Hiking Southern Italy's Maratea Coast
Watch out on the Maratea paths for the endemic, brilliant yellow Palinuro primrose, a showy flower that blooms nearly year-round in this semitropical climate. Keep an eye out, too, for the Maratea lizard, a small, greenish blueheaded reptile. A local campaign for the protection of these lizards helped introduce endangered-species conservation programs to Italy. And look before you climb over rocks, which are favorite sunning spots for the area's only venomous snake, the European adder. These creatures are locally abundant, and, a Maratea resident explained to me, are killed not so much out of fear for them but out of concern that they may scare impressionable tourists away.
Keep your eyes open, too, for wolves. Maratea's paths connect to other ancient roads that lead north and south to two of Italy's least-visited national parks: the Parco Nazionale del Cilento e Vallo Diano and the Parco Nazionale del Pollino. Both embrace some of the tallest peaks in the southern Apennines and large populations of wildlifeincluding Canis lupus, which has disappeared from most other parts of western Europe.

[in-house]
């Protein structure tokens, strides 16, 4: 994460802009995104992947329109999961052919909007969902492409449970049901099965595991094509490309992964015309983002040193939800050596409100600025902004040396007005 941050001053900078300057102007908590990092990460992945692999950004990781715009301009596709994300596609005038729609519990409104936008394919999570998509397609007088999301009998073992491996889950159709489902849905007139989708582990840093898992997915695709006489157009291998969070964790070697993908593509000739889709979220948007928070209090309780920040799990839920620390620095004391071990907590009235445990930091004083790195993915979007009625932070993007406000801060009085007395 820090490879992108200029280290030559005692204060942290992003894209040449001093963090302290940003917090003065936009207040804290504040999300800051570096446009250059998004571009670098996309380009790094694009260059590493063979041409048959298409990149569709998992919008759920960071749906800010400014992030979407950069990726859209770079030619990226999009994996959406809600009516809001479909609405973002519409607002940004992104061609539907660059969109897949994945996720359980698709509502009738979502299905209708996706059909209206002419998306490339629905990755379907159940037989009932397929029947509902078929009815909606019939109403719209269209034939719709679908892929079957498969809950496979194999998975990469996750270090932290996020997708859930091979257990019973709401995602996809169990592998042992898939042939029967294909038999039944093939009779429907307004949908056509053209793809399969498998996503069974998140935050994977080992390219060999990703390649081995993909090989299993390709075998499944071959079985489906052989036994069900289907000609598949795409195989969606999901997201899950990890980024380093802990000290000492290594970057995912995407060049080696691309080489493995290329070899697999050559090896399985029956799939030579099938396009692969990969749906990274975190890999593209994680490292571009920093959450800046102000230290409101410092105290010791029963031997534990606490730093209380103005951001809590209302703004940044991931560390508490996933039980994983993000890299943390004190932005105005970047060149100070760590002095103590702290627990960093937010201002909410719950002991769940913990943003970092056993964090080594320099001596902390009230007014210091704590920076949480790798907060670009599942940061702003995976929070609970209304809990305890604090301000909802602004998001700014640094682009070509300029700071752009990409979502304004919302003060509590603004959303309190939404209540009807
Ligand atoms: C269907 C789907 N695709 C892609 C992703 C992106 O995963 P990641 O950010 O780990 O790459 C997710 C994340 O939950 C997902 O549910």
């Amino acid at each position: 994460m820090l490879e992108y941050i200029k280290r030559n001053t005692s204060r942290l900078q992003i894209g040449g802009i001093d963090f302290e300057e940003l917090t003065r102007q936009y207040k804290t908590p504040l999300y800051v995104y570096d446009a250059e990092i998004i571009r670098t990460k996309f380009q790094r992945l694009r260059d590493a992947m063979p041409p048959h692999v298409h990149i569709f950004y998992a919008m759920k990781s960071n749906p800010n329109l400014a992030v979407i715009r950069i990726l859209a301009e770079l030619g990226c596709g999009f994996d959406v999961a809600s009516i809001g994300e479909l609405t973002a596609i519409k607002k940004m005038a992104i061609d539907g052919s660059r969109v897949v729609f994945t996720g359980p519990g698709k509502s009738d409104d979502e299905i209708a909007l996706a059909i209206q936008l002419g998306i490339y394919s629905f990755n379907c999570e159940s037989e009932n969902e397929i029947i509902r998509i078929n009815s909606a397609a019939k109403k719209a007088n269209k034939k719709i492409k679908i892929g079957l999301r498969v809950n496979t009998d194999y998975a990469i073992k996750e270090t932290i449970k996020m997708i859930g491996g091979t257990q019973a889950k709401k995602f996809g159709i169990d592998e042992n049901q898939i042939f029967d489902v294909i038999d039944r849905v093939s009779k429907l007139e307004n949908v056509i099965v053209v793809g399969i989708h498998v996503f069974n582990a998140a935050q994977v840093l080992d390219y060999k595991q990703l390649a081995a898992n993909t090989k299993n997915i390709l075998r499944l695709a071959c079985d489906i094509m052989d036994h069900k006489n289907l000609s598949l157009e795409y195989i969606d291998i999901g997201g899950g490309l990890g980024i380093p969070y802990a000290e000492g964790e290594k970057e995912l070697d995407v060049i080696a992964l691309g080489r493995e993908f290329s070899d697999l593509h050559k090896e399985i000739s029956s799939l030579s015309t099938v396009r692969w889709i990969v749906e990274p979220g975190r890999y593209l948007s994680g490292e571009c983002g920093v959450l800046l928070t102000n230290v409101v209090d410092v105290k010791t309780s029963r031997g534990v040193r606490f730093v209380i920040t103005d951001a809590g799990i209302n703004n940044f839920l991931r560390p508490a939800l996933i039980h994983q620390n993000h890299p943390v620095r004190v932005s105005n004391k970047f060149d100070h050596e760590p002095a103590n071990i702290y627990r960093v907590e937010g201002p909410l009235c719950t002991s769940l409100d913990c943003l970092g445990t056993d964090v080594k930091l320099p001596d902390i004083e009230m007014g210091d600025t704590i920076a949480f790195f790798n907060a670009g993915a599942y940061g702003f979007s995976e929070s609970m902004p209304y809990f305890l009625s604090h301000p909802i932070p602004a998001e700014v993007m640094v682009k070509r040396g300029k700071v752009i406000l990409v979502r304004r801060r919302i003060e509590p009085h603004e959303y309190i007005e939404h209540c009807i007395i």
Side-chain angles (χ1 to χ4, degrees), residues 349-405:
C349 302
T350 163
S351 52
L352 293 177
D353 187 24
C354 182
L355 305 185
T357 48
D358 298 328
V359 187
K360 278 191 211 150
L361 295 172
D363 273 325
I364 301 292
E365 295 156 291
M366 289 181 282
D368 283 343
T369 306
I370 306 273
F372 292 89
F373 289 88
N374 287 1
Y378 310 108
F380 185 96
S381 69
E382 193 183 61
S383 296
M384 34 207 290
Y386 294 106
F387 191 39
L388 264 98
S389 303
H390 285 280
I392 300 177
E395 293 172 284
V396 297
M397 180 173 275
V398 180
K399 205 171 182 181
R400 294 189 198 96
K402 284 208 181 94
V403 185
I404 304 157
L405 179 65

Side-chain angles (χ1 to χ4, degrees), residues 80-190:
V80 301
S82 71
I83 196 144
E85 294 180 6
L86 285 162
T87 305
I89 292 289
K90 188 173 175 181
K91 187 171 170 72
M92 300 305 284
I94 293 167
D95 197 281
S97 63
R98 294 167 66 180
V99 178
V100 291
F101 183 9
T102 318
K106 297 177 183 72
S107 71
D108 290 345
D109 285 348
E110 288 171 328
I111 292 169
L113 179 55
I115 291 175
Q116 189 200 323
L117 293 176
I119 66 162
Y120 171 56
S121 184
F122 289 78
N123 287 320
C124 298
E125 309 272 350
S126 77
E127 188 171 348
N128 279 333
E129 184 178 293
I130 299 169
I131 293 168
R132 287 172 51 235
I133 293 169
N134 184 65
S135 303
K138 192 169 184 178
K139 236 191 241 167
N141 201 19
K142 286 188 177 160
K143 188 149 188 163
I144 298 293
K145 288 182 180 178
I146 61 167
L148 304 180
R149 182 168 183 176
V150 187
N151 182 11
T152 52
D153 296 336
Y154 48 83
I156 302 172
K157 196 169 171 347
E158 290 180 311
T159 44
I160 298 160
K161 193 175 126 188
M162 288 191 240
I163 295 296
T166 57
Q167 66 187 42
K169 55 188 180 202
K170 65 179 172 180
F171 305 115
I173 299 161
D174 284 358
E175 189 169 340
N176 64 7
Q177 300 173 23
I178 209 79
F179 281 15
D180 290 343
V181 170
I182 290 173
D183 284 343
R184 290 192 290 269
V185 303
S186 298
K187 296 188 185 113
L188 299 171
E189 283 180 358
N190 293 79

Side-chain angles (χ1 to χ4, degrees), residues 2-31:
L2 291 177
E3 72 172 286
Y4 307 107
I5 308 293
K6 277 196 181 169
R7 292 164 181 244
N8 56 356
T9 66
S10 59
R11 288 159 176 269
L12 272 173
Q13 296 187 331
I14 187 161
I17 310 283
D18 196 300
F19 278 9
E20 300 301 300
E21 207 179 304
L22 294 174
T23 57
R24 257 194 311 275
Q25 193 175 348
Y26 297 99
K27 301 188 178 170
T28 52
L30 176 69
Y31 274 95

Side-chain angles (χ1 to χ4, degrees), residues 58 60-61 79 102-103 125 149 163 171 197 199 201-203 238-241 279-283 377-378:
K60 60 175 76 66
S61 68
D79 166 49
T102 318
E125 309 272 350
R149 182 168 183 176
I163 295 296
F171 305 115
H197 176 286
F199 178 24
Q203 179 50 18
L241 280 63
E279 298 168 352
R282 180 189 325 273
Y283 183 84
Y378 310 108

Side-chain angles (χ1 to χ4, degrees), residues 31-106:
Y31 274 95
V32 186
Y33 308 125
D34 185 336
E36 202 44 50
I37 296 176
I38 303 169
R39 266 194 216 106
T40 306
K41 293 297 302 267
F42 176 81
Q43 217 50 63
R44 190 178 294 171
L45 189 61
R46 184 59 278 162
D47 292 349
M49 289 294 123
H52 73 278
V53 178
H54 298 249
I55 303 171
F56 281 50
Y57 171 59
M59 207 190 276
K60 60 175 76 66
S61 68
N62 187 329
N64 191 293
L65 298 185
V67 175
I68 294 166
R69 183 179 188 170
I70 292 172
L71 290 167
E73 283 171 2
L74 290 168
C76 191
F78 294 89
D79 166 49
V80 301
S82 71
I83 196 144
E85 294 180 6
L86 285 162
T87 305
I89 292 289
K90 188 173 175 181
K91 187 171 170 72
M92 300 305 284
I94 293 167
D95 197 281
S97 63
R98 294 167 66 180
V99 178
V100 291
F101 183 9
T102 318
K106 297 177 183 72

Details mentioned in this article were accurate at the time of publication
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